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Boards & Governance

Board Monitor Asia Pacific

12/18/2018 Heidrick & Struggles
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Leading companies in Australia, Hong Kong, New Zealand, and Singapore filled 263 vacant board seats with non-executive directors in 2017.

These newly appointed directors will be joining their boards at a time of considerable change globally and in the region. At the same time, boards will face the perennial issues of good corporate governance, regulatory compliance, digital disruption, cybersecurity, CEO succession planning, and corporate social responsibility. And they must continually ensure that their boards are composed of members who together constitute the right mix of competencies to address near-term concerns without losing sight of long-term strategy.1

To track the evolution of these boards, Heidrick & Struggles has here inaugurated Board Monitor Asia Pacific. This projected series of annual reports is designed to provide profiles of incoming non-executive directors among the leading companies in Australia, Hong Kong, New Zealand, and Singapore; monitor changes in those profiles in the coming years; and analyze trends as they emerge.

Why these four? They are all vital economic hubs, and the boards of their leading companies are structured like the models that emphasize shareholder interests and the importance of non-executive directors, providing a standard of comparison with the good governance principles around which leading global companies are converging.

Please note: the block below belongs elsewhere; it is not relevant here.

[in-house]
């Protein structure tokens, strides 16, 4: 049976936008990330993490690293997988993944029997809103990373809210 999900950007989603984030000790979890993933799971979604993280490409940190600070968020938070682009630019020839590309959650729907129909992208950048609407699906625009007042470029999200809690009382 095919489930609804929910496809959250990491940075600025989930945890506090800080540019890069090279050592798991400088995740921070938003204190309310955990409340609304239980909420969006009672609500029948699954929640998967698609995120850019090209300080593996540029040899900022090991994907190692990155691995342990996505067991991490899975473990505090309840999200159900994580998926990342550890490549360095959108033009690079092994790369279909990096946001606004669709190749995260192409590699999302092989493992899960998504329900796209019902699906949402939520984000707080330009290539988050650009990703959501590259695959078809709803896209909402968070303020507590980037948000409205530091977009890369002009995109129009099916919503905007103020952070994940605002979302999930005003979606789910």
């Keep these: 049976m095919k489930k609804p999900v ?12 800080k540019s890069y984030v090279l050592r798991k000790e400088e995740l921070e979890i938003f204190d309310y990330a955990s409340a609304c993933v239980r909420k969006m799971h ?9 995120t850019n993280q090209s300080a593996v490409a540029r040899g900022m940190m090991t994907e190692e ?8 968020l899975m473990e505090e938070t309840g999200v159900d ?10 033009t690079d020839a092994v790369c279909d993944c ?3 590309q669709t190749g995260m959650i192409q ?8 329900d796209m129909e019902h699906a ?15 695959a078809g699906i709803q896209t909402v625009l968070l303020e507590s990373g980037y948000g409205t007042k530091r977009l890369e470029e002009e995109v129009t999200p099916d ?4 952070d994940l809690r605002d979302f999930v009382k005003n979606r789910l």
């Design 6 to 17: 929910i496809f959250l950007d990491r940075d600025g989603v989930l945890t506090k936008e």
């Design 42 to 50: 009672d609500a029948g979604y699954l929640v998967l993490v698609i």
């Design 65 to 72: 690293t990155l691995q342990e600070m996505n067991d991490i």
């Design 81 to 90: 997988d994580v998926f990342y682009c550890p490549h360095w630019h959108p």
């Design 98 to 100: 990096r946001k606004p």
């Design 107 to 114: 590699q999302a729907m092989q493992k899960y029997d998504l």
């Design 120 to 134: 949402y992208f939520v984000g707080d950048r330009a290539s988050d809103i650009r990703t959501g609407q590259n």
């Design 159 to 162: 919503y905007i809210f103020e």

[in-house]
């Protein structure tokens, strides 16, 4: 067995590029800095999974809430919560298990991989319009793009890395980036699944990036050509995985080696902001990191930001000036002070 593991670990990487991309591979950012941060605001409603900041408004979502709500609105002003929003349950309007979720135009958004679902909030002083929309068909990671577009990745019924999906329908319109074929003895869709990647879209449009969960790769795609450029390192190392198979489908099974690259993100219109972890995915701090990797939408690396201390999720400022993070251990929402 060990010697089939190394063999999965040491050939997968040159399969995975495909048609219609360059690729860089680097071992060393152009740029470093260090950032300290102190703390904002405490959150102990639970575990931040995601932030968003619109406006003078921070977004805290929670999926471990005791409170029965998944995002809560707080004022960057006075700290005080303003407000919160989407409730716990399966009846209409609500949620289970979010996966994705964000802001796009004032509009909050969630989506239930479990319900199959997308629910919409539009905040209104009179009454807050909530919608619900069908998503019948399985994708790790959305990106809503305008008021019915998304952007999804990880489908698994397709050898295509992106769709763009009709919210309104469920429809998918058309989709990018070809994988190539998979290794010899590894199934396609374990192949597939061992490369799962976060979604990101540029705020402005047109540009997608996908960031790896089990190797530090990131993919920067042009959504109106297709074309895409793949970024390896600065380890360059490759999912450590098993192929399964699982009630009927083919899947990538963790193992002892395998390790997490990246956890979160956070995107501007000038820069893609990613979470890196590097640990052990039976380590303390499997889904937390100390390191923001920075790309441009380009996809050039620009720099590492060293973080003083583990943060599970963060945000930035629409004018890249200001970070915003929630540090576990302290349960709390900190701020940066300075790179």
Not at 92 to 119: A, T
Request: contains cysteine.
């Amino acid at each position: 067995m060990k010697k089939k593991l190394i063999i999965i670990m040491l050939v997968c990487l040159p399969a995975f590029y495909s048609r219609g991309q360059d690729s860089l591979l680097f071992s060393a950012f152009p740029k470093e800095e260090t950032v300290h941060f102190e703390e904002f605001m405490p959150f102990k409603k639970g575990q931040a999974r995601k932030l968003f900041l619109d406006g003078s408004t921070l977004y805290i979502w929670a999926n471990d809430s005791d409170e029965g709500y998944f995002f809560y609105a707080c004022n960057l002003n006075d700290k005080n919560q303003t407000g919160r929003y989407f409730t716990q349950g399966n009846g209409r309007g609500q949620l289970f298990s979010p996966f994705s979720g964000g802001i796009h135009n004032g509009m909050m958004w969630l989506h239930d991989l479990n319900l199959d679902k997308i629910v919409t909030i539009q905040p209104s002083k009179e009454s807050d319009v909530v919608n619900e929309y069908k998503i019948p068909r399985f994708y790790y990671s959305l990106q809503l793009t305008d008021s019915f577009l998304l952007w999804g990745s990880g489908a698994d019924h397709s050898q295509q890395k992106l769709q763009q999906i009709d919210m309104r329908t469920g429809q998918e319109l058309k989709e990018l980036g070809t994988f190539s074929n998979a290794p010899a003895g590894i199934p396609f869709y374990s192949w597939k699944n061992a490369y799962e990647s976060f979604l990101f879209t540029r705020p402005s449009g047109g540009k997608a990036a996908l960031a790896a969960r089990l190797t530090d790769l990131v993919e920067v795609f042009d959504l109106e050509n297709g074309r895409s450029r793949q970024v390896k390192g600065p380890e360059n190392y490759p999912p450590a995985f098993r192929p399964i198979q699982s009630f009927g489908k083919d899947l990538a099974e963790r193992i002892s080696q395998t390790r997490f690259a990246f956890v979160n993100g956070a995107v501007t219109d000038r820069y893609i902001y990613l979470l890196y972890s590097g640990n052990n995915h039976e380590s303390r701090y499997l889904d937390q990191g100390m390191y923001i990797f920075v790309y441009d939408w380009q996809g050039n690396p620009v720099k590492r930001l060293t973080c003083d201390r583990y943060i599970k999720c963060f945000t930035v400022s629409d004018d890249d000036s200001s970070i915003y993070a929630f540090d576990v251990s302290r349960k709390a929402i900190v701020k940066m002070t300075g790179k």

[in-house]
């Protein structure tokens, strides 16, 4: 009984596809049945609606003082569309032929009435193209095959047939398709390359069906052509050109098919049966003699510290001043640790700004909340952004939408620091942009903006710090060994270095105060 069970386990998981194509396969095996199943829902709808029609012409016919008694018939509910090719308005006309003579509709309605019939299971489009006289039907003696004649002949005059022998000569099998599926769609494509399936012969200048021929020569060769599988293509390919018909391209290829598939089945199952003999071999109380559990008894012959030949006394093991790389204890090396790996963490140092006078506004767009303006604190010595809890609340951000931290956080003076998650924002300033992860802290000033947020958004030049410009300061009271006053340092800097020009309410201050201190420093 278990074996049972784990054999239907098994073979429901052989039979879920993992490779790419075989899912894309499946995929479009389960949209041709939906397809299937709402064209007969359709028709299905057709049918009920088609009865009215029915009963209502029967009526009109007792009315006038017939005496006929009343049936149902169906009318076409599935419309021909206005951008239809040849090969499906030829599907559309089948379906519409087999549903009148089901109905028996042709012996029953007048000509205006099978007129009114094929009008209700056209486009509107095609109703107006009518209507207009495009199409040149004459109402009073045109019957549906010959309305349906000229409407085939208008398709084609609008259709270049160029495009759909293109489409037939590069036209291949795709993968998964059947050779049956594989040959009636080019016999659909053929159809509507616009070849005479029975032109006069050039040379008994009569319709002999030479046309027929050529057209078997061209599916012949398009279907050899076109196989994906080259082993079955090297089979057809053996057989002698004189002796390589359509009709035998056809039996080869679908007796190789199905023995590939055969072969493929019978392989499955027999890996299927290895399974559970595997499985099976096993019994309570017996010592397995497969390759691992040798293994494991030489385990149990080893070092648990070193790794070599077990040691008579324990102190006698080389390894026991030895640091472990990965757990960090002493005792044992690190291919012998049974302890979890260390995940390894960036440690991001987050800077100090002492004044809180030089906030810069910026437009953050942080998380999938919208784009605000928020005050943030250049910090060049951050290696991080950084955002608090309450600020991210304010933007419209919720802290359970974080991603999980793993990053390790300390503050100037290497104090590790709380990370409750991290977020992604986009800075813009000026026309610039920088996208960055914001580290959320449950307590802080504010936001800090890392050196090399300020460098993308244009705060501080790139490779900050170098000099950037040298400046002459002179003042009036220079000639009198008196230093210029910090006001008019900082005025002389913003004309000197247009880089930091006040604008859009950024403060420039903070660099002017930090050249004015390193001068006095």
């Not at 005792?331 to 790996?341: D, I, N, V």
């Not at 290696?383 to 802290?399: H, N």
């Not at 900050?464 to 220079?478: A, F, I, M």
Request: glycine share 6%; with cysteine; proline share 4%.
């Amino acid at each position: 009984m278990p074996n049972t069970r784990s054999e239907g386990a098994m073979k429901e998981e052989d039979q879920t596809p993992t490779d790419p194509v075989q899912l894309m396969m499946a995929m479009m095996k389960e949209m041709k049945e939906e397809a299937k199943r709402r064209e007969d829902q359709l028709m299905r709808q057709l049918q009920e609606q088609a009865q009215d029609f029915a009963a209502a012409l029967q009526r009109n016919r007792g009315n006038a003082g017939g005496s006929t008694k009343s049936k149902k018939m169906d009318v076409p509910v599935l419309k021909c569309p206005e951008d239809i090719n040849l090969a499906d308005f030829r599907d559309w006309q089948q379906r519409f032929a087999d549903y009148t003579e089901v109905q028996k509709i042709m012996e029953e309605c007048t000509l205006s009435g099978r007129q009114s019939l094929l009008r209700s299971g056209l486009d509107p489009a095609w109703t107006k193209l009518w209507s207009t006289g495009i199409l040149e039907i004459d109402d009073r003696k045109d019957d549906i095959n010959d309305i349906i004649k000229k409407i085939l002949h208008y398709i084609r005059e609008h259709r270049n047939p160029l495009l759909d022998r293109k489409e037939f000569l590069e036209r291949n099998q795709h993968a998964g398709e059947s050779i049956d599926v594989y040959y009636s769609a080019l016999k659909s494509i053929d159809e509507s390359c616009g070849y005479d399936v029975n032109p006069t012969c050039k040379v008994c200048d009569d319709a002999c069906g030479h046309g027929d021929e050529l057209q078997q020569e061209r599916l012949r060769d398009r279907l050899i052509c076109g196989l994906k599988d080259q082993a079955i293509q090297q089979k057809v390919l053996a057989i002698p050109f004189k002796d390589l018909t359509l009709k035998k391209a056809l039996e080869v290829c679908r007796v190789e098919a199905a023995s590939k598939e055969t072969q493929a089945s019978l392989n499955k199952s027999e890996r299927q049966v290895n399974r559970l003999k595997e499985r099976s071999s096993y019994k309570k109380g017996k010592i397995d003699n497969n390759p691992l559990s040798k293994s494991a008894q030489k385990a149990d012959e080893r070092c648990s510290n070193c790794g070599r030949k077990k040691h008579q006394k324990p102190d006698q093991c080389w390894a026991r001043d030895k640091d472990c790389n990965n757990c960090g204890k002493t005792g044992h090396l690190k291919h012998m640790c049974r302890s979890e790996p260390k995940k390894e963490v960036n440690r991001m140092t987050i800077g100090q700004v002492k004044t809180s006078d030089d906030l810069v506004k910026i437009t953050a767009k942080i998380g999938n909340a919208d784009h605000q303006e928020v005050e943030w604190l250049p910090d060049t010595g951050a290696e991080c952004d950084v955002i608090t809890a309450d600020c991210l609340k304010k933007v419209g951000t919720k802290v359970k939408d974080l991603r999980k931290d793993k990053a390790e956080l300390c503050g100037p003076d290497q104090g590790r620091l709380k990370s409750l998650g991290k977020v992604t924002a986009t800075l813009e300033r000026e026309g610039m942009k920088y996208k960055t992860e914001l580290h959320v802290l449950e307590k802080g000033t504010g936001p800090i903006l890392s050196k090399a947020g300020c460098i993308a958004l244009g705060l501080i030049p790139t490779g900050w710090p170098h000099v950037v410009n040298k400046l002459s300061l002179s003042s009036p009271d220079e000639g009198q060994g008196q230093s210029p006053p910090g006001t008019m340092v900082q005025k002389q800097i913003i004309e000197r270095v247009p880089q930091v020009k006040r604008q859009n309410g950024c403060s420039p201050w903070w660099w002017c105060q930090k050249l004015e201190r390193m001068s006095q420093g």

Our analysis surfaced the following key findings:

  • Of the 263 new non-executive directors on the boards of ASX 200, Hang Seng Index (HSI), NZX 50, and Straits Times Index (STI) companies, 149, or 56%, went to current or former CEOs.
  • Of those 263 seats, 83, or 31%, went to women.
  • The average age of new appointees was 56, down from 57 in 2016.
  • Some 206, or 78%, of new appointees have previous board experience.
  • Almost half of all new appointees have had international experience.
  • Some 85, or 32%, of the 263 new seats went to non-national appointees.
  • Australia, at 39%, had the highest percentage of appointments that went to women, followed by New Zealand, at 27%; Singapore, at 24%; and Hong Kong, at 20%.
  • The largest share of new appointees in Singapore (66%), New Zealand (49%), and Australia (44%) joined boards in the industrial sector. In Hong Kong, the largest share (54%) joined boards in the financial services sector.

To read the full report, flip through the interactive version above or click the download button for the PDF.


References

1 To see where these four geographies (and China and India) stood on critical issues of corporate governance five years ago, see Heidrick & Struggles, Foundations and Building Blocks for High-Performing Boards: Asia Pacific Corporate Governance Report 2014, June 16, 2014, heidrick.com.


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